2017.03.17 21:02 "Re: [Tiff] TIFFSetErrorHandler vs TIFFSetErrorHandlerExt", by
On 2017-03-17 17:02, Bob Friesenhahn wrote:
If I understand you correctly, I cannot have multiple threads each with its own handler throwing errors/warnings. i need to ensure that only one thread does the error handling, am I correct?
You can only register one error handling function at a time. The function will be called under the same context as the thread which encountered the problem. Knowing that it is called under the same execution context can be very useful.
As a follow up, do i have to set the client_data field with a pointer to my class such that it is accessible in the callbacks?
The client_data is for you. If you use TIFFClientOpen() then it is provided so that you can use it has a handle for I/O or other purposes (e.g. also for errors).
In GraphicsMagick I use TIFFSetErrorHandler()/TIFFSetWarningHandler() and I use thread-specific data (POSIX or Windows) to reconcile between the error callback data and what the thread was working on. I don't use client_data for that purpose. This approach works if there is just one thread which ever does libtiff operations for a given handle.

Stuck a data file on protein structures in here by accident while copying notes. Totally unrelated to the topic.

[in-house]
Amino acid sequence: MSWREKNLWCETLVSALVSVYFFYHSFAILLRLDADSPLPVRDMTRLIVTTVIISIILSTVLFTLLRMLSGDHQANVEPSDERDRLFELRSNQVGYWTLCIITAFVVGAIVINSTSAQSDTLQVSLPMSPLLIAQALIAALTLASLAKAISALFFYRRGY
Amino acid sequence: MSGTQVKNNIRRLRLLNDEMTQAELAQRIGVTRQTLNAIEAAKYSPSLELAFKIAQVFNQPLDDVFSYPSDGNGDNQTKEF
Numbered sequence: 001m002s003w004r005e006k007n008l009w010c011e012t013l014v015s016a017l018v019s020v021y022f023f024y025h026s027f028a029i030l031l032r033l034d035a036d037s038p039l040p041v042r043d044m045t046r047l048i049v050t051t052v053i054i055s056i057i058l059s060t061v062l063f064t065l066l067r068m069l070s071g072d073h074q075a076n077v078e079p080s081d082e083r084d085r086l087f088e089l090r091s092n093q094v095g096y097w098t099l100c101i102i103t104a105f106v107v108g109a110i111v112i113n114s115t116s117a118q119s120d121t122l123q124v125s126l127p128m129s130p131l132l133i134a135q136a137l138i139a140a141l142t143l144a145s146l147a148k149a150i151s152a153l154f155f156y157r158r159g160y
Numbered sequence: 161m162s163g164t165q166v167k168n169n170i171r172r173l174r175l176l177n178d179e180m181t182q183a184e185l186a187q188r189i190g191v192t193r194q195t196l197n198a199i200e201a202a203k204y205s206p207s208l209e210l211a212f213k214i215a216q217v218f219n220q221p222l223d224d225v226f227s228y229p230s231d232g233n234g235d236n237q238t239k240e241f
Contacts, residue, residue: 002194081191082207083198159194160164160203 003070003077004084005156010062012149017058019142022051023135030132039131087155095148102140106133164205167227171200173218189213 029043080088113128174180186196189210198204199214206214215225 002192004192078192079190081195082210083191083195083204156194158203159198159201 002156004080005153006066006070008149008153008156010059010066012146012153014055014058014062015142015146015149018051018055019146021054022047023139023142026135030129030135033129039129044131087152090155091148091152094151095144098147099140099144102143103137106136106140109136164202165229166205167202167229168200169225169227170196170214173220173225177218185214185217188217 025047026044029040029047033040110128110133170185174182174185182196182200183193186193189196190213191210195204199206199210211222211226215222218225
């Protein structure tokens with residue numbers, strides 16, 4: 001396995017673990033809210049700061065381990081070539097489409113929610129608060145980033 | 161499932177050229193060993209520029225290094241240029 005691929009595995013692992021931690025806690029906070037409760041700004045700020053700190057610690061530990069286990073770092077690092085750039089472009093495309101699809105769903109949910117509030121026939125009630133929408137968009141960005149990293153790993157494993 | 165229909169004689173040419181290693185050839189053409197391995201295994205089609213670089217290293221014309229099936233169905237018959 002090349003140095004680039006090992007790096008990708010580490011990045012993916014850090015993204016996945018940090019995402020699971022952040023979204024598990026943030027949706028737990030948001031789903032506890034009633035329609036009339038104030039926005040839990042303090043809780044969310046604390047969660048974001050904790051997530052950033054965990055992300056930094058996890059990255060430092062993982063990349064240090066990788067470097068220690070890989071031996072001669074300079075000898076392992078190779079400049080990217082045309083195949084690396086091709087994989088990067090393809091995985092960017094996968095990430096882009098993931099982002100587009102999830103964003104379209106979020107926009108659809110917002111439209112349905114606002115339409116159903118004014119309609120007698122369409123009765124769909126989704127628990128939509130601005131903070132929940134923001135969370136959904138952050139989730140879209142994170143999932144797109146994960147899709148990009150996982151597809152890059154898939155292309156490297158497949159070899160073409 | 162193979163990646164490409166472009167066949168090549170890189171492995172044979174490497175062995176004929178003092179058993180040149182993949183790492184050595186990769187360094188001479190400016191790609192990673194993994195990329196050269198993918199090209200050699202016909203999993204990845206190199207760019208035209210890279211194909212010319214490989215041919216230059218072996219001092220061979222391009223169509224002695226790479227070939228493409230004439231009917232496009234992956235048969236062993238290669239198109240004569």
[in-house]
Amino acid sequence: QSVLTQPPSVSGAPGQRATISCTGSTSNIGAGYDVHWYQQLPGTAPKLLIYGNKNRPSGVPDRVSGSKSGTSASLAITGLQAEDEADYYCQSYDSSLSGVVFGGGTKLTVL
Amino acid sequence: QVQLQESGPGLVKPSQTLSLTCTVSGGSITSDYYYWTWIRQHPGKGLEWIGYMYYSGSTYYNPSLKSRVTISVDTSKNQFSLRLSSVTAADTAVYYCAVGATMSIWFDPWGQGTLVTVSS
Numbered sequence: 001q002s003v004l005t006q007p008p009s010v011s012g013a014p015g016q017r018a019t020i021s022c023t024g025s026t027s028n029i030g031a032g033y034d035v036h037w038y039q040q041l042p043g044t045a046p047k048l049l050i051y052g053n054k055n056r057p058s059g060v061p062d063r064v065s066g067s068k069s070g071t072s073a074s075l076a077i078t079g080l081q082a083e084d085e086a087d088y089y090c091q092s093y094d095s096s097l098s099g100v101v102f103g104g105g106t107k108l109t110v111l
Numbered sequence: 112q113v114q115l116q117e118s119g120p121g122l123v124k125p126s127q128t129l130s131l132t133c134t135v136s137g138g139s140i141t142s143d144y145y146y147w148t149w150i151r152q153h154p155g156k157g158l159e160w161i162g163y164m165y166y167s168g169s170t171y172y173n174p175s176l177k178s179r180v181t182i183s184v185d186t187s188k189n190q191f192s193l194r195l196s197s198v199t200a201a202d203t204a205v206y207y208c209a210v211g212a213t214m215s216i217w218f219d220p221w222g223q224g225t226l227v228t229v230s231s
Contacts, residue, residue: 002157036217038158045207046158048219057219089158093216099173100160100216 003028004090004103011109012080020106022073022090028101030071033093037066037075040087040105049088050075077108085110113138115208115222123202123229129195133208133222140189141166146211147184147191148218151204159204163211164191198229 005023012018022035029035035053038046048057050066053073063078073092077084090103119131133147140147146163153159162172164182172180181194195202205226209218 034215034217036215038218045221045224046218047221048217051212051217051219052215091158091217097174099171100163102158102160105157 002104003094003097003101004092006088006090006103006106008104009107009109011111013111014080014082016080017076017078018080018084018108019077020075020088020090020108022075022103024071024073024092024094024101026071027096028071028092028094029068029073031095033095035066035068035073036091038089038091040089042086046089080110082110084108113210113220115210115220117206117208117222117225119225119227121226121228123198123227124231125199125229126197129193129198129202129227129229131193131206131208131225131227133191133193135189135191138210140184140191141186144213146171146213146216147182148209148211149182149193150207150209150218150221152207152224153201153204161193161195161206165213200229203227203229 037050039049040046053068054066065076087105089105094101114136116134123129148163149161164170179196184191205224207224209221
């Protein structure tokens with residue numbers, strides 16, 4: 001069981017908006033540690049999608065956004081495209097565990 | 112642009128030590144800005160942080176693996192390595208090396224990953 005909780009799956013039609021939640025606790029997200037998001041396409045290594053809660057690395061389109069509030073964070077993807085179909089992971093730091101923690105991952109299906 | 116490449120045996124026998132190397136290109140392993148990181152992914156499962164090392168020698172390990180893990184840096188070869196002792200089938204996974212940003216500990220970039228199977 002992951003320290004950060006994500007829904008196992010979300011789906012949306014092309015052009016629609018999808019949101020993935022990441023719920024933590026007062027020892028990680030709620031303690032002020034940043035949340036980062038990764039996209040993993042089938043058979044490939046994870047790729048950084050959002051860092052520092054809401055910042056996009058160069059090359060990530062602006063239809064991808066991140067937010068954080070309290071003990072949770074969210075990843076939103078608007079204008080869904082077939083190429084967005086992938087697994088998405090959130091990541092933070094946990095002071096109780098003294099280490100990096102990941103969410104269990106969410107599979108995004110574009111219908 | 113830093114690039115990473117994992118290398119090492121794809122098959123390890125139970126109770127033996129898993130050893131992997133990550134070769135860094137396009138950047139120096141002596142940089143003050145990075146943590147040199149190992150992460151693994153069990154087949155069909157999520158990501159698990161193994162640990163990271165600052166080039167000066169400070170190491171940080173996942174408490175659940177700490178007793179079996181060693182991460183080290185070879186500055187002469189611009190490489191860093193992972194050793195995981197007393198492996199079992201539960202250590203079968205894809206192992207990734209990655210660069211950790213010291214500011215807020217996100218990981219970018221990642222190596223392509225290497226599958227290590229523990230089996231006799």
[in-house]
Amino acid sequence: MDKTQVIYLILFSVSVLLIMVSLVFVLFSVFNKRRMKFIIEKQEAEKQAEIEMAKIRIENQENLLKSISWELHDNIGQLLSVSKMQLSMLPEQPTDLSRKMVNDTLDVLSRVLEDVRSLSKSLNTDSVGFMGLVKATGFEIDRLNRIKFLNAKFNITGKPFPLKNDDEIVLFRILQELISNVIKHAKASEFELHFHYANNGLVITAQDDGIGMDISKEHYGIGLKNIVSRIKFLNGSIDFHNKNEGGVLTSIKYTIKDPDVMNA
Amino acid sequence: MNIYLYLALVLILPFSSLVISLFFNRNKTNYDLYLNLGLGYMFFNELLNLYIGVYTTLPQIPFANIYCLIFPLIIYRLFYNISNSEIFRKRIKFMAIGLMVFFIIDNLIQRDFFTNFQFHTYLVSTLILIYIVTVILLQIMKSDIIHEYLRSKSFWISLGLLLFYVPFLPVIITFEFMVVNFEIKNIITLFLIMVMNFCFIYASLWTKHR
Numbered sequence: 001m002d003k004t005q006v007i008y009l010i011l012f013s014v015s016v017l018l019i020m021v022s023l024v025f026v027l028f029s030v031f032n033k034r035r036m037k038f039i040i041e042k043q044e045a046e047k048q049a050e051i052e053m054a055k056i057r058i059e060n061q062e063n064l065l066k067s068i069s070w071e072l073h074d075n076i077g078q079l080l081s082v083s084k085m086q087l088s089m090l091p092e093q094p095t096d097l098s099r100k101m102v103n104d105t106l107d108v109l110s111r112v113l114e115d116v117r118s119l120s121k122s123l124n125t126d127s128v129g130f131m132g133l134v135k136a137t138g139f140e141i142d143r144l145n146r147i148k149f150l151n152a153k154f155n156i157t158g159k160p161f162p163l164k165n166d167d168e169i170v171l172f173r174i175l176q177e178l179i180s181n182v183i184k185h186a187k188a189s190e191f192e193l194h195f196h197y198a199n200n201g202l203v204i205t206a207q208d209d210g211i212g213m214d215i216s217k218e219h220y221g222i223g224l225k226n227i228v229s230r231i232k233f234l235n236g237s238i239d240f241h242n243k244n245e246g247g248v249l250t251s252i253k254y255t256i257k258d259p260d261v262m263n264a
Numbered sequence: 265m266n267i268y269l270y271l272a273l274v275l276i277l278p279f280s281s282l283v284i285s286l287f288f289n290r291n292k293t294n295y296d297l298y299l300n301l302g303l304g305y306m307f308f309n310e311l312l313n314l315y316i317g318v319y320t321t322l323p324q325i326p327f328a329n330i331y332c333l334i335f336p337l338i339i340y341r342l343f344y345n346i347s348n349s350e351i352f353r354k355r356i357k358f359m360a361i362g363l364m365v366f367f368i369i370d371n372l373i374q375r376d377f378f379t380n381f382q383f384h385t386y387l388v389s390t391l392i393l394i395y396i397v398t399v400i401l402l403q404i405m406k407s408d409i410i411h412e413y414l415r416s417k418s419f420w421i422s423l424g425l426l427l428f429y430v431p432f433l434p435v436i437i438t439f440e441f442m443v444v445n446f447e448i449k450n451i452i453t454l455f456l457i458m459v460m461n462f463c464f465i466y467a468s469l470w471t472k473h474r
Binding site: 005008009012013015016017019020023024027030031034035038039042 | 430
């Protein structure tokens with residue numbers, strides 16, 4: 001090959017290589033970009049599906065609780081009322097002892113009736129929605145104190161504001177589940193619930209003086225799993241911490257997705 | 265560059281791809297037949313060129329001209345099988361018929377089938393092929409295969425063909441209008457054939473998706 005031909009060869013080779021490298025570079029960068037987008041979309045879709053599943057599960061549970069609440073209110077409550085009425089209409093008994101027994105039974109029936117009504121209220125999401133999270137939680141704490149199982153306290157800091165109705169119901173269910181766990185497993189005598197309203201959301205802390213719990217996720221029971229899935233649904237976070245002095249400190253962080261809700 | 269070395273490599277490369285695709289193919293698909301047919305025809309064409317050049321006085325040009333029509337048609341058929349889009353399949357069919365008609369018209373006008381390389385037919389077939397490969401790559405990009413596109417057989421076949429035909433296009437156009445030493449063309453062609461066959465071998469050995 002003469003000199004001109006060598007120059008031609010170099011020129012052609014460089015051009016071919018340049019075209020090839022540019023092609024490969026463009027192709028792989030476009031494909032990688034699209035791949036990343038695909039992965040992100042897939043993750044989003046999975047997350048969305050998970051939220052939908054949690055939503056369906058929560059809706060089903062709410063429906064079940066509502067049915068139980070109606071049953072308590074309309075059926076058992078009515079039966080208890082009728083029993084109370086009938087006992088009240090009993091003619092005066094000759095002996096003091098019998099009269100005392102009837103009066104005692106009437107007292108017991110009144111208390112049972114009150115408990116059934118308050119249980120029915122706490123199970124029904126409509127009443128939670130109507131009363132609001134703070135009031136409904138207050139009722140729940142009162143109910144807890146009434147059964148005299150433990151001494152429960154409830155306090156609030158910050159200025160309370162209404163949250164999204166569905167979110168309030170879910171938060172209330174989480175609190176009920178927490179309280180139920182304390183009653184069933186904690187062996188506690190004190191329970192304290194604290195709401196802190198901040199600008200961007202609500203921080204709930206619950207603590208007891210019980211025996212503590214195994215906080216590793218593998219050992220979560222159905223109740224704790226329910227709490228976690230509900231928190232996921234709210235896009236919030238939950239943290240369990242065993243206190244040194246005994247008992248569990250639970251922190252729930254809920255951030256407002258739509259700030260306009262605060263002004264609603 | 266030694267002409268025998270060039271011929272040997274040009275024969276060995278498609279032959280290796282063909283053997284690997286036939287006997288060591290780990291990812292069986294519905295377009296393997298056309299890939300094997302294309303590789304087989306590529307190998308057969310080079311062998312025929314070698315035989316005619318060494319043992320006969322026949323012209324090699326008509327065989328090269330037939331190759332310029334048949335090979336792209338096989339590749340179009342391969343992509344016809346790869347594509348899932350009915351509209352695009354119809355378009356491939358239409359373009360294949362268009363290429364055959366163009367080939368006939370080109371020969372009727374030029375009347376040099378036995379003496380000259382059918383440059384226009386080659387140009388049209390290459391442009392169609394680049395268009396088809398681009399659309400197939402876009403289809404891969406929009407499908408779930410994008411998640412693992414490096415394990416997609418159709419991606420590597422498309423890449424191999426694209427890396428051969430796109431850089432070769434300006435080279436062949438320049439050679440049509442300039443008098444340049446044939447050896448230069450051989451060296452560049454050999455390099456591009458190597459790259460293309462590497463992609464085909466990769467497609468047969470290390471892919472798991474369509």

The reason for the approach in GraphicsMagick is that the implementation pre-dates the addition of TIFFSetErrorHandlerExt() and it also works for older libtiff.
Could I suggest a perhaps controversial but useful solution for handling errors, which might be worth your consideration.
If the libtiff core were to use a C++ TIFF class reporting errors via exceptions, it would be possible for this to be wrapped by the existing C API calling the C++ code in a try/catch block and reporting any thrown errors via the handlers. Or direct use by C++ code without any of that overhead--it could use the C++ API directly with exceptions. This would permit completely thread-safe use from C++, and it would also permit multiple C error handling strategies--either with the global handler as now, a per-TIFF handler or something completely different. The C API could simply be a thin wrapper around the C++ core, and remain 100% backward compatible while also allowing direct use from C++ without wrapping the C code.
In the OME project I currently work on, we already have a fairly complex C++ wrapper around the C API. It works, but due to the need to synchronise for the context-specific error handler, it's much more inefficient and complex than it would need to be were it native. If using a C++ core would be something worth considering, it's likely I could dedicate some paid time to working on it, since it would replace a whole lot of wrapper code we already have to maintain.